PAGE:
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Halifax Port Authority employees take a creative break with instructor Gwen Noah, right, at Dalhousie University. (Sándor Fizli)
Halifax Port Authority employees take a creative break with instructor Gwen Noah, right, at Dalhousie University. (Sándor Fizli)

Business Education

Executive training with a twist in a changing world Add to ...

The class of Halifax Port Authority employees is concentrating intensely on the issues that affect responsible leadership. Before they wilt, they take a break. But instead of checking e-mail or grabbing a coffee, they start dancing.

The dance break is a component of the program Dalhousie University's faculty of management offers executives and is intended to enhance the students’ performance, according to JoAnne Akerboom, executive director for the faculty. This kind of creativity in what business schools offer in corporate training is increasingly what companies are looking for.

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Flexibility, brevity and customized training are the new watchwords.

Last year, Dalhousie’s advanced management centre introduced a new executive leadership education certificate program, with up to 20 modules on managerial issues such as service quality and enterprise risk management. “Employers, whether in the public sector or business, are being much more strategic in their selection of the kind of continuing education options they choose,” centre director Martine Durier-Copp says. “They want more options.”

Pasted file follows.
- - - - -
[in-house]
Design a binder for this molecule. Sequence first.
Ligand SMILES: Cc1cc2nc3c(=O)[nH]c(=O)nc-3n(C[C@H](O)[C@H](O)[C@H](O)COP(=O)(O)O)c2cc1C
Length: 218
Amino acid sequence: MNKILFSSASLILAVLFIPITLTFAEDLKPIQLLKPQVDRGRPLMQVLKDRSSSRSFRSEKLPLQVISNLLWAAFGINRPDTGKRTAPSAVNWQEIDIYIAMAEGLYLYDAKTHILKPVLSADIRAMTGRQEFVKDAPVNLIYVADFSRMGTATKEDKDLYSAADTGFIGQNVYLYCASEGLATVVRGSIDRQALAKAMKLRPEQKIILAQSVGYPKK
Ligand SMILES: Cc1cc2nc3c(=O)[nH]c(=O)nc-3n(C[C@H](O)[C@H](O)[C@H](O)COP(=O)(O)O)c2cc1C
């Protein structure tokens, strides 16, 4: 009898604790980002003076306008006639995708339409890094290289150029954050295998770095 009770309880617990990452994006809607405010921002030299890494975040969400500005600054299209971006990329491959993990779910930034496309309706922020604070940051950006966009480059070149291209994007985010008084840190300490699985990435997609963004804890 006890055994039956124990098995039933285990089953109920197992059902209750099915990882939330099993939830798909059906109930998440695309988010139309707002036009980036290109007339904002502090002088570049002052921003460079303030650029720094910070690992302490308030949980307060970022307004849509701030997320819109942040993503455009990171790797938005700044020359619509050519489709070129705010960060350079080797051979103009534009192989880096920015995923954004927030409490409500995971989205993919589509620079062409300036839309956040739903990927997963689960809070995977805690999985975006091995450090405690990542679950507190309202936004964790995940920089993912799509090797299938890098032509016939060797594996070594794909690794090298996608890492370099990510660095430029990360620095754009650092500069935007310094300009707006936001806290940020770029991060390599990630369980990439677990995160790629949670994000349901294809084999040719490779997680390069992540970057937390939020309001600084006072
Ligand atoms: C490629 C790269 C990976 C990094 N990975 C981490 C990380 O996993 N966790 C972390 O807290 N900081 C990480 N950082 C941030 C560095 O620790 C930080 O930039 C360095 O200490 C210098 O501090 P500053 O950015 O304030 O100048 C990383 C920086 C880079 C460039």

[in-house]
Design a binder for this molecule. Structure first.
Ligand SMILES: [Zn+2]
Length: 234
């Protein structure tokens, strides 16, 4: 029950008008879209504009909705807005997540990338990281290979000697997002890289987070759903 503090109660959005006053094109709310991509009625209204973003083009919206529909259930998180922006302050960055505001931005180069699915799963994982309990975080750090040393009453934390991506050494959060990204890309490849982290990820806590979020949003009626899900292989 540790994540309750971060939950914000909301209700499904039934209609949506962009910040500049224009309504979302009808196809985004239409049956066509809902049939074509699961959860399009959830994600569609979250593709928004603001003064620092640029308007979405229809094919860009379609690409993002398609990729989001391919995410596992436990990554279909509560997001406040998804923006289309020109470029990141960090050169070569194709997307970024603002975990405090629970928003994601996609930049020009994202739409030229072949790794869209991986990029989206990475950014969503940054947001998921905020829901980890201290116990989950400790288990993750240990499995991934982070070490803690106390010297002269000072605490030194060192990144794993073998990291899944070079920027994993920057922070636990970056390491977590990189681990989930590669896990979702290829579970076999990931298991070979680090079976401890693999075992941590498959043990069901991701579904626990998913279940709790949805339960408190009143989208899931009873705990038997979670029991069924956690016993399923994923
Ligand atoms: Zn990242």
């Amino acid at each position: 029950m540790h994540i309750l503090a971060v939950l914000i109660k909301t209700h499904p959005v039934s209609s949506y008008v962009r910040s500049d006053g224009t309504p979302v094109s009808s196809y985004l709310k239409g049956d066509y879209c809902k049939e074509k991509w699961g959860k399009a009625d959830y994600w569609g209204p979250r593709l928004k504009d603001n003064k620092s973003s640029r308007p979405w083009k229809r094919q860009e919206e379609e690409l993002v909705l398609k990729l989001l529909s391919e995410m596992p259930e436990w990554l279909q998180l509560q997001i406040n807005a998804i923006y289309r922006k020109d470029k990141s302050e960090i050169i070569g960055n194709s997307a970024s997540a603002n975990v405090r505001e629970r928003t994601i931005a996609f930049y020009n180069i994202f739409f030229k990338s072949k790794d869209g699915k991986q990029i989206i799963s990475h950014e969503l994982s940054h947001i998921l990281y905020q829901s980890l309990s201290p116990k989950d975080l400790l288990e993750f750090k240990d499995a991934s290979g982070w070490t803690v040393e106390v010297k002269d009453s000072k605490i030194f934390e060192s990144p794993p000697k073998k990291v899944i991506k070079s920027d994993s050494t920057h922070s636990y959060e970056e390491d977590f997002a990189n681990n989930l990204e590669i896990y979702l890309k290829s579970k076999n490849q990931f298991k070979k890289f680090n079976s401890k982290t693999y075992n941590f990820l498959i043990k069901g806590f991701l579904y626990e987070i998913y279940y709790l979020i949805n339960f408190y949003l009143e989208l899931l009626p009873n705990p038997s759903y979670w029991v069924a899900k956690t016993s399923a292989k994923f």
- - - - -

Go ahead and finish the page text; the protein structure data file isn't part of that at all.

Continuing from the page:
This fall, the Halifax Port Authority sent 11 employees on the program that runs over two years, with online discussions between class sessions. Joan Macleod, director of human resources for the port, says the training is designed to help high-potential employees to move into senior leadership positions.

Training is a retention tool, too. “We feel we hire the right people so when we get them here, we want to keep them,” Ms. Macleod says.

Over the course of a decade, Bank of Montreal (BMO) paid for promising employees to earn a master of business administration (MBA) in financial services from Dalhousie University’s faculty of management – an executive education relationship that paid dividends all-round.

Since 1996, the first year the specialty MBA was offered through the faculty’s Centre for Advanced Management Education in Halifax, 350 bank employees have taken the program and 75 per cent of them have stayed with BMO.

But in 2010, though pleased with the program, BMO switched its strategy for MBA and executive MBA training.

Instead of an exclusive arrangement with Dalhousie, the bank developed multiple relationships with business schools in Canada and the United States to provide flexible arrangements for executive learning that reflected BMO’s changing corporate profile and the needs of individual employees.

The bank’s decision illustrates an evolution in thinking on how to capture talent in an organization, with the corporate sector and Canadian business schools finding new ways to work together.

Building that relationship is “absolutely critical,” says Daniel Muzyka, president and chief executive officer of Conference Board of Canada, which cites a weak corporate commitment to learning and development as slowing innovation.

“Competitiveness in general is something we all need to be concerned about and one of the ways we can improve our competitiveness is to make sure our talent is up to speed.”

A former dean of the Sauder School of Business at the University of British Columbia in Vancouver, Mr. Muzyka urges an “intensive dialogue” between corporate leaders and business schools on training and development – often subject to cuts in an economic downturn.

By contrast, BMO has a long-standing corporate commitment to training that includes its in-house learning institute founded in 1994. However, with a growing presence in the United States and deepening ties in Asia, the bank needed to rethink its approach to executive learning.